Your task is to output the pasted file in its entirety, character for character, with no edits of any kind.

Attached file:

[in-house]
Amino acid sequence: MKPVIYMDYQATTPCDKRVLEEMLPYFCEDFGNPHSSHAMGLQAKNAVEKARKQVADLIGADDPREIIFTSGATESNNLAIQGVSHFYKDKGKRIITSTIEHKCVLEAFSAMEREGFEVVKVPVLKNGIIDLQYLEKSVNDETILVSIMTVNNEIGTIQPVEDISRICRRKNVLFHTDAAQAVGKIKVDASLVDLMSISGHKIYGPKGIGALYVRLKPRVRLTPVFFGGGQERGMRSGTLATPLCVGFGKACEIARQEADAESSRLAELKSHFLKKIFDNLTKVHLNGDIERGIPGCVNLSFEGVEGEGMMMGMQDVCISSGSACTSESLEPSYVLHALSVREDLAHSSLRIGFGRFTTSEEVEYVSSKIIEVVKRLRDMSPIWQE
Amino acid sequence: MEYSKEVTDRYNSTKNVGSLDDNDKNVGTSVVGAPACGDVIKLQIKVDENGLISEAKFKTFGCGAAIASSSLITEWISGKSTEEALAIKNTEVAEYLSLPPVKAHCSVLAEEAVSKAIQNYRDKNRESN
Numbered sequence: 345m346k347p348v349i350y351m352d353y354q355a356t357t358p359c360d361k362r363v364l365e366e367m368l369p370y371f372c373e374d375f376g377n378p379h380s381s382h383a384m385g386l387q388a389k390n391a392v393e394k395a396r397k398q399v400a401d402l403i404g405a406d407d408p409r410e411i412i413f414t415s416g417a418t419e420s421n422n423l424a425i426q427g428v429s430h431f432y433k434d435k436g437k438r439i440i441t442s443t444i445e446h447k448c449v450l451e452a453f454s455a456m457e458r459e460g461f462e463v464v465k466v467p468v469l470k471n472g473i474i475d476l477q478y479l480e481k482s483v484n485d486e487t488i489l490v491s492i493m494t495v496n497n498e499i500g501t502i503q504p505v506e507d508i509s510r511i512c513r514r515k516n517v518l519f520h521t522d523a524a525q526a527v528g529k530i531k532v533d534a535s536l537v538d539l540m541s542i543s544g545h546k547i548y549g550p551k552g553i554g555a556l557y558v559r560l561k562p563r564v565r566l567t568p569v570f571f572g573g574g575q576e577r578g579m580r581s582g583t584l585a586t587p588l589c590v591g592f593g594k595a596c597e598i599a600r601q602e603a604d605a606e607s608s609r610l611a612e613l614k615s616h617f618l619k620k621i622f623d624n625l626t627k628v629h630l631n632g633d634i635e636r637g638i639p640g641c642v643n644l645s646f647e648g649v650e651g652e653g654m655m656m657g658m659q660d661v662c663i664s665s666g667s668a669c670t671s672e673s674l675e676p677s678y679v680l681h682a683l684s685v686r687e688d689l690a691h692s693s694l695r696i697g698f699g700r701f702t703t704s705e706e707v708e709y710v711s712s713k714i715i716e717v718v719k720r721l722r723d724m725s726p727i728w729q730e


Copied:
[in-house]
Amino acid sequence: MKPVIYMDYQATTPCDKRVLEEMLPYFCEDFGNPHSSHAMGLQAKNAVEKARKQVADLIGADDPREIIFTSGATESNNLAIQGVSHFYKDKGKRIITSTIEHKCVLEAFSAMEREGFEVVKVPVLKNGIIDLQYLEKSVNDETILVSIMTVNNEIGTIQPVEDISRICRRKNVLFHTDAAQAVGKIKVDASLVDLMSISGHKIYGPKGIGALYVRLKPRVRLTPVFFGGGQERGMRSGTLATPLCVGFGKACEIARQEADAESSRLAELKSHFLKKIFDNLTKVHLNGDIERGIPGCVNLSFEGVEGEGMMMGMQDVCISSGSACTSESLEPSYVLHALSVREDLAHSSLRIGFGRFTTSEEVEYVSSKIIEVVKRLRDMSPIWQE
Amino acid sequence: MEYSKEVTDRYNSTKNVGSLDDNDKNVGTSVVGAPACGDVIKLQIKVDENGLISEAKFKTFGCGAAIASSSLITEWISGKSTEEALAIKNTEVAEYLSLPPVKAHCSVLAEEAVSKAIQNYRDKNRESN
Numbered sequence: 345m346k347p348v349i350y351m352d353y354q355a356t357t358p359c360d361k362r363v364l365e366e367m368l369p370y371f372c373e374d375f376g377n378p379h380s381s382h383a384m385g386l387q388a389k390n391a392v393e394k395a396r397k398q399v400a401d402l403i404g405a406d407d408p409r410e411i412i413f414t415s416g417a418t419e420s421n422n423l424a425i426q427g428v429s430h431f432y433k434d435k436g437k438r439i440i441t442s443t444i445e446h447k448c449v450l451e452a453f454s455a456m457e458r459e460g461f462e463v464v465k466v467p468v469l470k471n472g473i474i475d476l477q478y479l480e481k482s483v484n485d486e487t488i489l490v491s492i493m494t495v496n497n498e499i500g501t502i503q504p505v506e507d508i509s510r511i512c513r514r515k516n517v518l519f520h521t522d523a524a525q526a527v528g529k530i531k532v533d534a535s536l537v538d539l540m541s542i543s544g545h546k547i548y549g550p551k552g553i554g555a556l557y558v559r560l561k562p563r564v565r566l567t568p569v570f571f572g573g574g575q576e577r578g579m580r581s582g583t584l585a586t587p588l589c590v591g592f593g594k595a596c597e598i599a600r601q602e603a604d605a606e607s608s609r610l611a612e613l614k615s616h617f618l619k620k621i622f623d624n625l626t627k628v629h630l631n632g633d634i635e636r637g638i639p640g641c642v643n644l645s646f647e648g649v650e651g652e653g654m655m656m657g658m659q660d661v662c663i664s665s666g667s668a669c670t671s672e673s674l675e676p677s678y679v680l681h682a683l684s685v686r687e688d689l690a691h692s693s694l695r696i697g698f699g700r701f702t703t704s705e706e707v708e709y710v711s712s713k714i715i716e717v718v719k720r721l722r723d724m725s726p727i728w729q730e